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The Physics of Disaster (Movies)

The Physics of Disaster (Movies)
At Science Study Break sessions, faculty members explain the real science, pseudo science and utter nonsense behind popular entertainments. Here’s physicist Sacha Kopp’s synopsis of 2012, a 2009 movie that purports to depict what happens when the Mayan calendar turns a big page:

“In this story, the Earth is basically destroyed. There’s a giant solar eruption and this eruption releases this incredible burst of particles called neutrinos, and these neutrinos come whizzing through the universe and bury themselves like, I don’t know, termites in the core of the Earth. They heat up the core of the Earth to such a degree that it causes the core of the Earth to melt, and actually causes huge volcanic activity, plate tectonic motion, and there’s floods and everything and a lot of computer simulations. And everyone’s dead.”



Kopp, an associate professor in the Department of Physics who knows a thing or two about neutrinos and particle physics, was speaking at the first Science Study Break of the academic year.

At Science Study Break sessions, faculty members explain the real science, pseudo science and utter nonsense behind popular entertainments. Past study breaks have viewed House, Numb3rs, Spiderman, Ironman and 24. The Life Sciences Library sponsors Science Study Breaks.

Kopp had previously done a Science Study Break on the movie Angel and Demons, which was based on the book written by Dan Brown. The Angels and Demons plot included a stop at the Large Hadron Collider, the international physics project in Switzerland.

“Doing these talks about movies is a great way to introduce people to a little science, and also make it an enjoyable experience,” Kopp says.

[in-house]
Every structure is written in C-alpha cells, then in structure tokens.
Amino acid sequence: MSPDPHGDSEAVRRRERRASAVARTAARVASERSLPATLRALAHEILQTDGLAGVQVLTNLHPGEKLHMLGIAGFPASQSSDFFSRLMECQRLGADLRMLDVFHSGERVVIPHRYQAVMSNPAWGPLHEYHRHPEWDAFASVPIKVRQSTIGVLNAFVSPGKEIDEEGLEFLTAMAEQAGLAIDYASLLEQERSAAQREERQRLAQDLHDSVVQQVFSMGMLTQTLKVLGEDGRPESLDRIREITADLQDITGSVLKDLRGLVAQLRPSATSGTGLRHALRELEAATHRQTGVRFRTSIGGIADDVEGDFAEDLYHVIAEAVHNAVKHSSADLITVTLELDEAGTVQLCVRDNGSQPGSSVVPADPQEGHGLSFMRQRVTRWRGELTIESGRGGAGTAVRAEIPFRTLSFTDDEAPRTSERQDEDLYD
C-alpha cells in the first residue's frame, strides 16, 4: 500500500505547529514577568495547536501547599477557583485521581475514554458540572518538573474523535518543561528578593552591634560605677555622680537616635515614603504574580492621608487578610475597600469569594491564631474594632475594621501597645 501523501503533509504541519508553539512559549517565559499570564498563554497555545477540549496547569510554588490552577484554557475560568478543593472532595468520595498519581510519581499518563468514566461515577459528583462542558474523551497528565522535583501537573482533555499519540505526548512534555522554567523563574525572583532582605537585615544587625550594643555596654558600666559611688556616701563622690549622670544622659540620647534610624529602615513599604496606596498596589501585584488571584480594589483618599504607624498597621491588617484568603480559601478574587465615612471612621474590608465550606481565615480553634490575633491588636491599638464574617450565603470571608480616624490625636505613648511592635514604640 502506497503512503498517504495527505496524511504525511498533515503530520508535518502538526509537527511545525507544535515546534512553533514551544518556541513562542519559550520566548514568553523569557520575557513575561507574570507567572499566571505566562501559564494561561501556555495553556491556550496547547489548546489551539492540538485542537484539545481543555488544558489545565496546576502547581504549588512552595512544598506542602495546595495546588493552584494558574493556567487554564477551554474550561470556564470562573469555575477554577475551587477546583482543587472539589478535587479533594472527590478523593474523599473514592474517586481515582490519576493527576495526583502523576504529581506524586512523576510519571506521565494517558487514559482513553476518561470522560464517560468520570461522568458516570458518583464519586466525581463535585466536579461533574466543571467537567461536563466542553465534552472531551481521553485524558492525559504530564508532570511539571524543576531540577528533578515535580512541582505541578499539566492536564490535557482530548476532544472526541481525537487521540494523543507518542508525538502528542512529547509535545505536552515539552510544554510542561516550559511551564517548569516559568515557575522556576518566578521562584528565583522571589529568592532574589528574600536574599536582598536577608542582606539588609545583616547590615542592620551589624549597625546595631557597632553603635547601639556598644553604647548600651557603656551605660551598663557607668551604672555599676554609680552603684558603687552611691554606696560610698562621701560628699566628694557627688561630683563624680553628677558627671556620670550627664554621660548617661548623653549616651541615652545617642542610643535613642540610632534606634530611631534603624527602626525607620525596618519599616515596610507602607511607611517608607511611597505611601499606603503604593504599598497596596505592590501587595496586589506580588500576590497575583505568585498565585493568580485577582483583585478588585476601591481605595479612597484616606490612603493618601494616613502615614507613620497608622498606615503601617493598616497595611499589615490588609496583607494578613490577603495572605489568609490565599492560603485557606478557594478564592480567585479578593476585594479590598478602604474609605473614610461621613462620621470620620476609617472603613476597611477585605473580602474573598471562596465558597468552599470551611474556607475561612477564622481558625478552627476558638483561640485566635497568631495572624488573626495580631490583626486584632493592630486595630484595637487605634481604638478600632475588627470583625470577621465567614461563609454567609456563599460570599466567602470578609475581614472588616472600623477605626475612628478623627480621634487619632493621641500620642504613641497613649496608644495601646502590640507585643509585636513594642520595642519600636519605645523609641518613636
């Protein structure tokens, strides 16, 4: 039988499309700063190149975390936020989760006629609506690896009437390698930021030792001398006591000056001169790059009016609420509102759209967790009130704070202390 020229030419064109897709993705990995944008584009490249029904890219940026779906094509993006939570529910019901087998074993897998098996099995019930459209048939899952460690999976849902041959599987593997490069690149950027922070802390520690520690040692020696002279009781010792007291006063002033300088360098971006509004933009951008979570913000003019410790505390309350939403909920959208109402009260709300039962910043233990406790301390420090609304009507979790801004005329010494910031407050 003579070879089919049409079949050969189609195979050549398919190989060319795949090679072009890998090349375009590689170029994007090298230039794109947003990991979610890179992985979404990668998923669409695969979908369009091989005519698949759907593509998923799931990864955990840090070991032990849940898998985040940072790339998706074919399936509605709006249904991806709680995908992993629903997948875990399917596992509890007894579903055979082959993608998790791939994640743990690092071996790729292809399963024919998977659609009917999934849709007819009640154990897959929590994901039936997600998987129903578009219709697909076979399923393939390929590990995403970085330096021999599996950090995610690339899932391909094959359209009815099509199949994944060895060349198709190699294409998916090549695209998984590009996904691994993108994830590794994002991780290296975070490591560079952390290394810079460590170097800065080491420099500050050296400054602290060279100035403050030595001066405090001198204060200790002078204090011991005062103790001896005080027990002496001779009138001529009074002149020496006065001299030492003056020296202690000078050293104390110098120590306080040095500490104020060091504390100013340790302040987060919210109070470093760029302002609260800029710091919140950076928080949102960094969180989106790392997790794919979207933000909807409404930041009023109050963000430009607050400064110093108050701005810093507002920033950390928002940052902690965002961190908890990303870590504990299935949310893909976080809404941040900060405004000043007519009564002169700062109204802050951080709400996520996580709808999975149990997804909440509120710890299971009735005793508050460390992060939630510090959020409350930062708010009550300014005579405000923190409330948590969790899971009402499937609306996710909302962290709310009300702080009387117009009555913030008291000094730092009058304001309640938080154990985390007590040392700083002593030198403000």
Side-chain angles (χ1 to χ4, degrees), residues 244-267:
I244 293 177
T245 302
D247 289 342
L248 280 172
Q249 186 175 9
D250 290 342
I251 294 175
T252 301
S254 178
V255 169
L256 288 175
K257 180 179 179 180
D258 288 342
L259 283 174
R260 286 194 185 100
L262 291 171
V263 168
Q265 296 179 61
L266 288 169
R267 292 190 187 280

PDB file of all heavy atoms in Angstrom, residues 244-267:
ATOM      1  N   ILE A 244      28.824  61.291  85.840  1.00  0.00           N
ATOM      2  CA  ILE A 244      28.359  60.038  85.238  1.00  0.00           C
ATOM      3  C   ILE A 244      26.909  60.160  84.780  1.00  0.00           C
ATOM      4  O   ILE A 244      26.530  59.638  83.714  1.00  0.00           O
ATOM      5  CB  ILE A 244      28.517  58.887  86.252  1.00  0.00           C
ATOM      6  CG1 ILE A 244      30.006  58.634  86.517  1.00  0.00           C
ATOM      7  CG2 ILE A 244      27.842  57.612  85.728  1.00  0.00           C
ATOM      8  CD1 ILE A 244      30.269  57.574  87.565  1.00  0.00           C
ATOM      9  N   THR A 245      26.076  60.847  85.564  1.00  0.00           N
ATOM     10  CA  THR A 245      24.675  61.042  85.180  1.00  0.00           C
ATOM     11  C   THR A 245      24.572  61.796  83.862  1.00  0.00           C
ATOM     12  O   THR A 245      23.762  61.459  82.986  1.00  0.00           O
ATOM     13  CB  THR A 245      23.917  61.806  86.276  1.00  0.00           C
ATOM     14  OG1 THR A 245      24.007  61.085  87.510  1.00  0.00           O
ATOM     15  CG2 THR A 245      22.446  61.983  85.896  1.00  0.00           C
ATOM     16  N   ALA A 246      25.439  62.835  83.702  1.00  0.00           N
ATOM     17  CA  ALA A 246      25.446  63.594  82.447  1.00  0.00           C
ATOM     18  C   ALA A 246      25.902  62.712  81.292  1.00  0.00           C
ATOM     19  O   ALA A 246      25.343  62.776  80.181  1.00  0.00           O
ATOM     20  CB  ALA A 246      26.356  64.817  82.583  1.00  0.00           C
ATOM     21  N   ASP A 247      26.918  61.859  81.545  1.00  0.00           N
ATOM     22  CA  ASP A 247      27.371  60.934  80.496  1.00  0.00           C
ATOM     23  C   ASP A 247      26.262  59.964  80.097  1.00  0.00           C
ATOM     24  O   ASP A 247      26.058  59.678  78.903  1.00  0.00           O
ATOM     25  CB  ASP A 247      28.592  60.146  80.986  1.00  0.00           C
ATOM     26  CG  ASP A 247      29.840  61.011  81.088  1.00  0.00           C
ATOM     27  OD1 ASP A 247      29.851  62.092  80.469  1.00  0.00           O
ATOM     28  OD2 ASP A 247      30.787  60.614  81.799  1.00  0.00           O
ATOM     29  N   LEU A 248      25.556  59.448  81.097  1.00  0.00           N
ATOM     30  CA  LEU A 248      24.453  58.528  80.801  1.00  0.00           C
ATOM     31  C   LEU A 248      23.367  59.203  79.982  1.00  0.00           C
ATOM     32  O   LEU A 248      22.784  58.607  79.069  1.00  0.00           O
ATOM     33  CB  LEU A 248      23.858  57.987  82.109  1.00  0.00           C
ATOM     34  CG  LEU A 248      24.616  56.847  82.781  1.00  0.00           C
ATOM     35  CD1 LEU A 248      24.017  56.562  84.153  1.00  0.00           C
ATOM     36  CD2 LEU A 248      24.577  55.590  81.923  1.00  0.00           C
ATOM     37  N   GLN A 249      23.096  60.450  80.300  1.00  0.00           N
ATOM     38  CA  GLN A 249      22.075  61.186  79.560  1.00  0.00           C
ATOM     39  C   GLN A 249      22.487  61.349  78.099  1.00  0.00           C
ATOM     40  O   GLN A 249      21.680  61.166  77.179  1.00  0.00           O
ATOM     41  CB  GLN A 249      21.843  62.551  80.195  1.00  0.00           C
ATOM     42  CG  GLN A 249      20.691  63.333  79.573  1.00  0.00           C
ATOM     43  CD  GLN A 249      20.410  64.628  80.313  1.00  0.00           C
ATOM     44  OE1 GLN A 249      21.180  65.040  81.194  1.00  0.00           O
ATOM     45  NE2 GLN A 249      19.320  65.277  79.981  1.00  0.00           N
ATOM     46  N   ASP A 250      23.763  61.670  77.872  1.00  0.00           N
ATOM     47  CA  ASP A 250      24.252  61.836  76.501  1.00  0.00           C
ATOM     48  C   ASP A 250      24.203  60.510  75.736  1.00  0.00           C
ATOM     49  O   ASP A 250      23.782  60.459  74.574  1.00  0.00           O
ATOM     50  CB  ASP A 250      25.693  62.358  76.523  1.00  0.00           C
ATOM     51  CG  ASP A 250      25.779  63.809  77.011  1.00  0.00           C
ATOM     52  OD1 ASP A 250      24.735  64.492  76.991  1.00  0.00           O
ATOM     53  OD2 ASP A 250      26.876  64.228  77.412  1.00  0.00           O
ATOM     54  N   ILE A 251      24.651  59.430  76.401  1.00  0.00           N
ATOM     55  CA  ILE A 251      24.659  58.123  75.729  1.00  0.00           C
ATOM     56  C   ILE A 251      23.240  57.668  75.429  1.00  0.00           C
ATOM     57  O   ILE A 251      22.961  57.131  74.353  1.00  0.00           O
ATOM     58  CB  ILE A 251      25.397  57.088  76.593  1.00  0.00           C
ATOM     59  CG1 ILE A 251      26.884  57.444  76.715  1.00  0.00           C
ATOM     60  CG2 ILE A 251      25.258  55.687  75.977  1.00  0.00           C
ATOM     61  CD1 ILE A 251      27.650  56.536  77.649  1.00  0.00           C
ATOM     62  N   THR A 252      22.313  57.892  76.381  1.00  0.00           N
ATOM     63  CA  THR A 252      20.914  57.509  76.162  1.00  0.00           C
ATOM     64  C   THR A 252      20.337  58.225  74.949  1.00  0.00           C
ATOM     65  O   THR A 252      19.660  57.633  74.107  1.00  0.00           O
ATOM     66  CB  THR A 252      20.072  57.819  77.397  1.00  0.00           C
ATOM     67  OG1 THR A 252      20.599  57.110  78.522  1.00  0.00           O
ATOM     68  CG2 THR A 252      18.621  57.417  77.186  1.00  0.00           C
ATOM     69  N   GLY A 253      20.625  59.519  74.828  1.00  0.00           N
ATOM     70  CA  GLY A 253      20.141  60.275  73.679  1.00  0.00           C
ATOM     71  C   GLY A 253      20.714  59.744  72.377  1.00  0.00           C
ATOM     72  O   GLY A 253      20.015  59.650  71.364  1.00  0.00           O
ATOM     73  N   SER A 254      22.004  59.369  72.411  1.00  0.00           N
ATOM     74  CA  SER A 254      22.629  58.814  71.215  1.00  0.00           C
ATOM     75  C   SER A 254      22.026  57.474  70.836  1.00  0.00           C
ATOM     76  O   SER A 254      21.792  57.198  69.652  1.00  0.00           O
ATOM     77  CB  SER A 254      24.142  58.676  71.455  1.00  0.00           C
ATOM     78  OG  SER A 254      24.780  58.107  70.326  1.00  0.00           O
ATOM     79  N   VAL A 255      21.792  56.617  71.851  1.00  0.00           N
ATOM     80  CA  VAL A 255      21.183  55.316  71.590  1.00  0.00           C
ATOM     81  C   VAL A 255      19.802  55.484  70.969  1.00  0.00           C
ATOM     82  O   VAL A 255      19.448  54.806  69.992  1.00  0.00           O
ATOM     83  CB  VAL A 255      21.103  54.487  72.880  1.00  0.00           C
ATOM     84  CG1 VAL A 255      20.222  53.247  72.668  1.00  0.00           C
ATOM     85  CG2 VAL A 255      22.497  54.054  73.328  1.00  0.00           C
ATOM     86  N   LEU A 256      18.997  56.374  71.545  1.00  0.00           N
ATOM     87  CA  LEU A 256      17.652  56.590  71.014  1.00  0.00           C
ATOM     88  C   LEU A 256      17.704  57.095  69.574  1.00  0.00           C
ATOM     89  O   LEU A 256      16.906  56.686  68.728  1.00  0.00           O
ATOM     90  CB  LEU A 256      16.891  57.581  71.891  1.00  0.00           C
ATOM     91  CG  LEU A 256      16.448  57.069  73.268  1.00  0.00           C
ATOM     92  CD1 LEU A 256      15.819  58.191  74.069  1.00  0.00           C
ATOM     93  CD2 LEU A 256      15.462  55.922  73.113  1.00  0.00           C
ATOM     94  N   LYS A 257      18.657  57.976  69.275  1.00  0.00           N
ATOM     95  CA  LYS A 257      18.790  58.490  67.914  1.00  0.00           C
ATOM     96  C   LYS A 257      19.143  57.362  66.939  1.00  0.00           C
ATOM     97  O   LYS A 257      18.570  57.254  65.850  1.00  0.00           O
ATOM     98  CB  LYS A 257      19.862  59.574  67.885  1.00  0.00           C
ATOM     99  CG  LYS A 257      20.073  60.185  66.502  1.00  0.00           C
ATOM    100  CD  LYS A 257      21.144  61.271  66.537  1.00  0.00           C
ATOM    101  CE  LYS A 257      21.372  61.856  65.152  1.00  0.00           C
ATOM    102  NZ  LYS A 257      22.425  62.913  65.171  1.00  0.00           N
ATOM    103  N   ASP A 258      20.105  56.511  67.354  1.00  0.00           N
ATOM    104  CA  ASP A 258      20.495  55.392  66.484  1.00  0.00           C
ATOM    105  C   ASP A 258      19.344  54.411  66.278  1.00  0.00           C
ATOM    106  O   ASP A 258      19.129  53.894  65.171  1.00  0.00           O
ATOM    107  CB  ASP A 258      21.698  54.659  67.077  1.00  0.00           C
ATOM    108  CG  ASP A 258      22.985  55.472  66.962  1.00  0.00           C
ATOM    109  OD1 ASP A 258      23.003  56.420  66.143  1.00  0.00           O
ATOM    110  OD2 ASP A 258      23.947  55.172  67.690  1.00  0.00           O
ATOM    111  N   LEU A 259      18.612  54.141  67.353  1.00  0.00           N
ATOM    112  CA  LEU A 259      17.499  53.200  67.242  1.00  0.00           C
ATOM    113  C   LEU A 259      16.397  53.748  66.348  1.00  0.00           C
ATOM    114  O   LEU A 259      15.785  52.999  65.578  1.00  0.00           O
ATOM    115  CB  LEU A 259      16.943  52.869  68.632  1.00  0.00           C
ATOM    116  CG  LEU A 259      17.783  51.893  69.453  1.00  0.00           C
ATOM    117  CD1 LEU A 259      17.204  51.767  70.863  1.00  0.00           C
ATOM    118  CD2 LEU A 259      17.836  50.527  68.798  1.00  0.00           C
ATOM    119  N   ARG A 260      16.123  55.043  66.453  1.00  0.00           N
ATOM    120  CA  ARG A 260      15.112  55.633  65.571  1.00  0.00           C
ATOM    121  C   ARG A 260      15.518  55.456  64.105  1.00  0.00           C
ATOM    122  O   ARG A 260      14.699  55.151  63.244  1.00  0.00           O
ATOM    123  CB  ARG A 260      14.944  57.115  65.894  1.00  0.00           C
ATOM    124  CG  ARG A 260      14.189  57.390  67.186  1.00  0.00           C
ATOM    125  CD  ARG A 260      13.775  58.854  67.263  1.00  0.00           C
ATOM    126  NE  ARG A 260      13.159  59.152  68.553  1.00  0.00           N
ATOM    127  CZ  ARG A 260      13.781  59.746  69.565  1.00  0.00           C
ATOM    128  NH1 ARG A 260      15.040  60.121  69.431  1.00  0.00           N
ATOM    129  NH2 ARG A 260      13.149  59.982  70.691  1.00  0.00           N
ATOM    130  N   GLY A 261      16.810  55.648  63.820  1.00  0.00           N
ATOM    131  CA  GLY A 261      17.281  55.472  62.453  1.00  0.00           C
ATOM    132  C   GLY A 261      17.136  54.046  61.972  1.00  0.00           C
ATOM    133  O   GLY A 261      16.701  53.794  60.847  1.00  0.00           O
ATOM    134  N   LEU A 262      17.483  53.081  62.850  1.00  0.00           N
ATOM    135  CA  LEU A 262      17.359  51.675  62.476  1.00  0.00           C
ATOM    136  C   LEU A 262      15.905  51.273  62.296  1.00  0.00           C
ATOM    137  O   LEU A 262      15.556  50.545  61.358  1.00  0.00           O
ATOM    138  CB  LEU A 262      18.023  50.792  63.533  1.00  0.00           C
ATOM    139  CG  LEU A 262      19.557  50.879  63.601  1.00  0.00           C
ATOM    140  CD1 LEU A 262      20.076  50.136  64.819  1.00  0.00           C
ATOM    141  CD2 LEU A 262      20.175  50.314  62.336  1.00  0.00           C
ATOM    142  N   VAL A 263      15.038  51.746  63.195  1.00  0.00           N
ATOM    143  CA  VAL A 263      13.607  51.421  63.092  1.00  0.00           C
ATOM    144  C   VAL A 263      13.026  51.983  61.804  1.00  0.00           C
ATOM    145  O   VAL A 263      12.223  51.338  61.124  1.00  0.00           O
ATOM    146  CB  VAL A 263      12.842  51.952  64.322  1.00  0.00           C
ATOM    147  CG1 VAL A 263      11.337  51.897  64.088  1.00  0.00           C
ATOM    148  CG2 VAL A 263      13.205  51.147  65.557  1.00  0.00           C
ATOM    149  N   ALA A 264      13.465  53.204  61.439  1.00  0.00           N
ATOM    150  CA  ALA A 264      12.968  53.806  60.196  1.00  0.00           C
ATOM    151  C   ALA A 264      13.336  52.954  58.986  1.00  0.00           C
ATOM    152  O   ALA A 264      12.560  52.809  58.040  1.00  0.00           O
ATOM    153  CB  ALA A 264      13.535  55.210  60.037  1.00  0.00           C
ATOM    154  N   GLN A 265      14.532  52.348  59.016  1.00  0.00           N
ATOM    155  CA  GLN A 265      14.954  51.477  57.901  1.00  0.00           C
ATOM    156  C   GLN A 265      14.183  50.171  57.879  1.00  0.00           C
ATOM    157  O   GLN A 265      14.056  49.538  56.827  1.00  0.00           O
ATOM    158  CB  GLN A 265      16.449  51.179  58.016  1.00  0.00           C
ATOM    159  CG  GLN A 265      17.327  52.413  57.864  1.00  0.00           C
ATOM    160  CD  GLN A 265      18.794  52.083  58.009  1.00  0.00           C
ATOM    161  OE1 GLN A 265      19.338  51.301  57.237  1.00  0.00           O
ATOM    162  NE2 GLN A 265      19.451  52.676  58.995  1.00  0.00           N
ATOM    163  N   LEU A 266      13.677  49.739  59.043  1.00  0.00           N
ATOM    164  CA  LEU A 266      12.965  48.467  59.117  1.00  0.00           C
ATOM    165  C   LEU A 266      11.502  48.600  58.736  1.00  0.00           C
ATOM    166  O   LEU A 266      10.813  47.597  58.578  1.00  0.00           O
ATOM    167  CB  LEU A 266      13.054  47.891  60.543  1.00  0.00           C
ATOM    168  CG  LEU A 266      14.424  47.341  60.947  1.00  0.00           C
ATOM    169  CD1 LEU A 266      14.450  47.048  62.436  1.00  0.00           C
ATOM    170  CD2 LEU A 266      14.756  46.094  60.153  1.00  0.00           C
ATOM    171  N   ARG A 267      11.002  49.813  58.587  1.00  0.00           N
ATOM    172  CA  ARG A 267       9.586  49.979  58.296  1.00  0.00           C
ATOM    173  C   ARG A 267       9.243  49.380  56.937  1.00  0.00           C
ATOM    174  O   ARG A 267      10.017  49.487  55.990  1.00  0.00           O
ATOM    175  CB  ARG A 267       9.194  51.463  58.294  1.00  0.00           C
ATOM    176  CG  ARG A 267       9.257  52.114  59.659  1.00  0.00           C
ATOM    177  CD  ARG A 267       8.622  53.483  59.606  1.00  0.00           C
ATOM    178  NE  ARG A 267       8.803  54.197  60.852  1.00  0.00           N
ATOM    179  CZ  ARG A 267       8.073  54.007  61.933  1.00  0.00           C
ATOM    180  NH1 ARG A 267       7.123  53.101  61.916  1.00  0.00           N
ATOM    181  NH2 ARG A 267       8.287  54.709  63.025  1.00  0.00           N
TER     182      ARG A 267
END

Kopp has a long interest in the teaching part of his career and he recently became associate dean of curriculum and programs in the College of Natural Sciences.

Science fiction, he says, provides a common starting point for talking about science.

“If I say the word ‘antimatter,’ chances are that many people will remember that it was mentioned in the ‘Star Trek’ television episodes,” he says, “and had something to do with producing energy or combustion. Now that’s not the whole (scientific) story, but it’s enough of a starting point for me to tell people the facts of antimatter.”

In 2012, neutrinos are the key plot device.

Even if neutrinos mutated, as one of the scientists in the movie suggests, it’s unlikely they’re going to gather in the core of the Earth, Kopp told the audience.

He said the sun and other stars produce neutrinos (as well as other particles) and send them traveling throughout the universe.

“So many neutrinos come at us from the sun that there are about 10 trillion hitting your body every second just from our sun,” he said. “Now add up all the other stars in the universe. There are a lot of neutrinos passing through you.”

Kopp, Professor Karol Lang, and their students and postdoctoral fellows are involved in the MINOS project, which involves sending high-density muon neutrino beams underground from the Fermi Lab near Chicago to a particle detector in a former iron mine near Soudan, Minn.

As a movie fan, Kopp says he prefers independent films, documentaries and comedies.

But when students told him about 2012, he couldn’t pass up the chance to talk about it.

“I thought Hollywood had done me such a favor in giving me a second blockbuster movie to talk about that I had to do this,” he says. “Any time I can get a good chunk of the public or the students at UT to come to a science lecture, I’ll take that opportunity.”

He watched 2012 four times, “taking notes on what might provide good material to talk about, and where I might be able to poke a little (light-hearted) fun.”

The world of particle physics, he says, is strange and beautiful, but it can be abstract.

“The nice thing is that the movies give us specific, colorful images to talk about,” he says. “Even if those images are incorrect, doing the talk allows me to paint a contrasting picture of what is correct.”

By Tim Green, originally published at his blog, Further Findings.
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Tuesday, 21 November 2017

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